Staggering to the door of the surgery that I’d often observed just a short walk from home, I placed a gentle knock on the frosted window pane and was overjoyed when a bubbly Doctor answered the door. Explaining that I had a problem sans appointment, she patted the chair and hoisted it towards the ceiling, telling me smilingly that she had half an hour between appointments and she’d be more happy to help. We discussed everything from my life in Paris – what brought me here and do I like it? before her eyes flung wide open when I told her of my plans to spend more time in Morocco. Were my shoes from Morocco she wondered, and when I responded affirmatively she asked if I would fill a suitcase with raffia pumps and bring them back to her on my next visit? We laughed about my abysmal French, but not once did she back down and offer even a lick of English, rather, she spoke reassuringly about the importance of just speaking and while many of her rapid sentences en français were as good to me as white noise, I can quite honestly say, I’ve never enjoyed a trip to a podiatrist more in my entire life.
Patting my shoulder and wishing me good luck, with the addition of an invitation to visit whenever I may need to, I left her surgery with a new found skip in my stride – and not just because she’d fixed my poor foot. As I stepped outside, it began to pour with rain and I took shelter at a cafe just moments away.
‘May I have a glass of water and a menu,’ I asked confidently (in French) which was met with ‘sorry, WHAT?’ (in English). And there I sat as I do so often in France, polarised and spinning fifty miles backwards on the never ending road of progress, or lack there of.
Repeating myself, the waiter walked off returning five minutes later with an English menu and a glass of water.
I contemplated telling him that I’d just had ‘a corn removed in French,’ (oh god, sorry, I made a promise to myself that I wouldn’t write that) but decided against it because chicken and sweet corn soup was the plat du jour and I didn’t feel like chicken and sweet corn soup, rather, I opted for a glass of wine and waited for my lunch date to join me- no one was going to destroy what had otherwise been a very successful first half of the day.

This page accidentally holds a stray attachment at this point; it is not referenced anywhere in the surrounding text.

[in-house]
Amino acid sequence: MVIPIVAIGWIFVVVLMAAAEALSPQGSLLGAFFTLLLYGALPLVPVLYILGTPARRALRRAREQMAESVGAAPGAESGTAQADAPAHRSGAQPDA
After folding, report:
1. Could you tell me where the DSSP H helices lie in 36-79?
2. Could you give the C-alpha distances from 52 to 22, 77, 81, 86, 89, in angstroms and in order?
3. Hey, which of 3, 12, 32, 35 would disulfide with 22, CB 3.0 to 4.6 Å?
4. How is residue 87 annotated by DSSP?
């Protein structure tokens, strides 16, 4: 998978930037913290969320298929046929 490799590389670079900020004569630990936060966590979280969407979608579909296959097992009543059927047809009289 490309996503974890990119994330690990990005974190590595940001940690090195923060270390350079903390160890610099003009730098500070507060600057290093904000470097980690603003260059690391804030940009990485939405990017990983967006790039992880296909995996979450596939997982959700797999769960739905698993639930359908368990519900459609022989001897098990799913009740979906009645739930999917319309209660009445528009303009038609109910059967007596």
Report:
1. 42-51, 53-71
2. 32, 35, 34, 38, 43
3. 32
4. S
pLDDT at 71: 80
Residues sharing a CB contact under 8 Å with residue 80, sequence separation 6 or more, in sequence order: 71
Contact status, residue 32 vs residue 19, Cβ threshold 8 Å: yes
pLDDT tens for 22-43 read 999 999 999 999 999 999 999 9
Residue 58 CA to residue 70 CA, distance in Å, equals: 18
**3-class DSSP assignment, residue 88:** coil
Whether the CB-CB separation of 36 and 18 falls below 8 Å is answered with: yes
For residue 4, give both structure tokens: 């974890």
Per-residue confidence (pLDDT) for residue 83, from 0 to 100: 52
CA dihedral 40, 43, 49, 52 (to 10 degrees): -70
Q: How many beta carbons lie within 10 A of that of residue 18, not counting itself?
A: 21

This morning as I weighed up the news of the world and my thoughts shifted to my linguistic pursuits which feel as though they are in rapid decline, I tallied up my interactions had with Parisian natives throughout the week, before arriving at a total of about 25. Ten of which have been successful and the rest, well, they’re the ones that see me more determined than ever to get my tongue around this language.
Today I’m off to visit Guernica at the Picasso Museum along with a friend whose acquaintance I made at the Sorbonne last year. We enjoy frequent hilarious lunches together where we thank waiters profusely and tell them they are so kind, before wailing with laughter when nobody is looking, agreeing that they could have just offered to send us to the guillotine and we would still respond with sweet offerings of ‘Vous êtes très gentil’.
C’est la vie, and today I’m wearing a pair of shoes that have stared at me blankly from the corner of my bedroom for at least a year – I’m happy to report that they feel like clouds on my feet. More to come…
Pictured: the wonderful view from my bedroom – every day in Paris.